China’s Changing Masculinity Propels a Brand New Idol

    What is the latest male idol like in China? One thing is for sure: He's a far cry from the K-pop idols of years past. Meet Li Xian.
    Although Li Xian’s fame has recently skyrocketed, the 27-year-old actor, who has collected over 19 million fans on Weibo, isn’t new to the scene. Photo: Courtesy of Estée Lauder
    Dao NguyenAuthor
      Published   in Retail

    When key brands like Estée Lauder appoint a new Chinese brand ambassador, it should be monitored closely, as it will likely impact the competitive luxury landscape. But this move looks to be even more pivotal than usual. That’s because, even though Li Xian might look like just the latest “little fresh meat” idol, he’s symbolically much more. Many say he embodies a new take on masculinity, both in terms of aesthetics and rising values, and by understanding this new appeal, brands can better formulate how they want to leverage the power of celebrities in China and get greater engagement with the country’s younger generations.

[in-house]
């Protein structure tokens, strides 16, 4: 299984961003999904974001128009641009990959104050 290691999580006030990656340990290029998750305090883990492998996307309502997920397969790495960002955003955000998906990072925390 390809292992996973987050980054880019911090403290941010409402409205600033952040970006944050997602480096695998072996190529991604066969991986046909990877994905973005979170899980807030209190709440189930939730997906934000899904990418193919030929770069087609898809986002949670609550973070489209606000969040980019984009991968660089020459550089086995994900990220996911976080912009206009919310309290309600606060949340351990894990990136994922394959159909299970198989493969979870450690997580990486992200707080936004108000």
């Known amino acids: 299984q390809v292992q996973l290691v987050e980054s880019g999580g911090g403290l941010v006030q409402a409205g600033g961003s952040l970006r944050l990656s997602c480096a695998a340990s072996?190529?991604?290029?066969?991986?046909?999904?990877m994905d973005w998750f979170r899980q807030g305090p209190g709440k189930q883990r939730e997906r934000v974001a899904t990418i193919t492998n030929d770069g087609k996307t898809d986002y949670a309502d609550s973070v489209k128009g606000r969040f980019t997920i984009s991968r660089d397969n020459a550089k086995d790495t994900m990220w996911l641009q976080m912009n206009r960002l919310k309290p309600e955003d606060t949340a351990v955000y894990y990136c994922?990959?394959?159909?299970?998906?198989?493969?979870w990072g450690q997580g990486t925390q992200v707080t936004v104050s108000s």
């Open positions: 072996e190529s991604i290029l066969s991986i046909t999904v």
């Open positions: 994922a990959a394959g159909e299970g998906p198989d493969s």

Who is Li Xian?#

    Although Li Xian’s fame has recently skyrocketed, the 27-year-old actor, who has collected over 19 million fans on Weibo, isn’t new to the scene. He’s been acting since 2011, but his popularity began to soar when his television series “Go Go Squid!” was broadcast nationally. The show is a typical romantic drama co-starring the popular actress Yang Zi, and it became one of the top-ranking shows in July (and, according to Iqiyi, is the second most successful drama after last year’s mega-hit “Story of Yanxi Palace”).

    A classic boyfriend with a twist#

    In the drama, Li Xian plays the role of a professional video gamer/cybersecurity specialist as well as the typical masculine romantic lead: domineering and smart (yet introverted) but with a sensitive spot for his love interest. While he embodies all the classical expectations of a Chinese boyfriend (responsible, protective, loyal) his character is also very respectful of his girlfriend’s accomplishments and freedoms (she’s a top-ranking AI student, a top singer on social media, and financially independent, even offering him to support him.) In short, Xian’s character is the perfect balance of traditional and modern masculinity.

    The ‘current boyfriend’ that stands out#

    In September, Li Xian won the GQ Popular Actor of the Year Award and has gained a lot of notoriety ever since. He’s been nicknamed “current boyfriend” by his Chinese fans and is now one of the rare celebrities that almost all luxury brands are dying to work with him. Although he looks like many of the typical “fresh meat” idols, he is different from names like Cai Xu Kun (Prada), Fan Cheng Cheng (Fenty Beauty), Wang Yi Bo (Shu Emura), and Jackson Wang (Armani). Why?Because his ‘look’ and background don’t come out of Korean entertainment.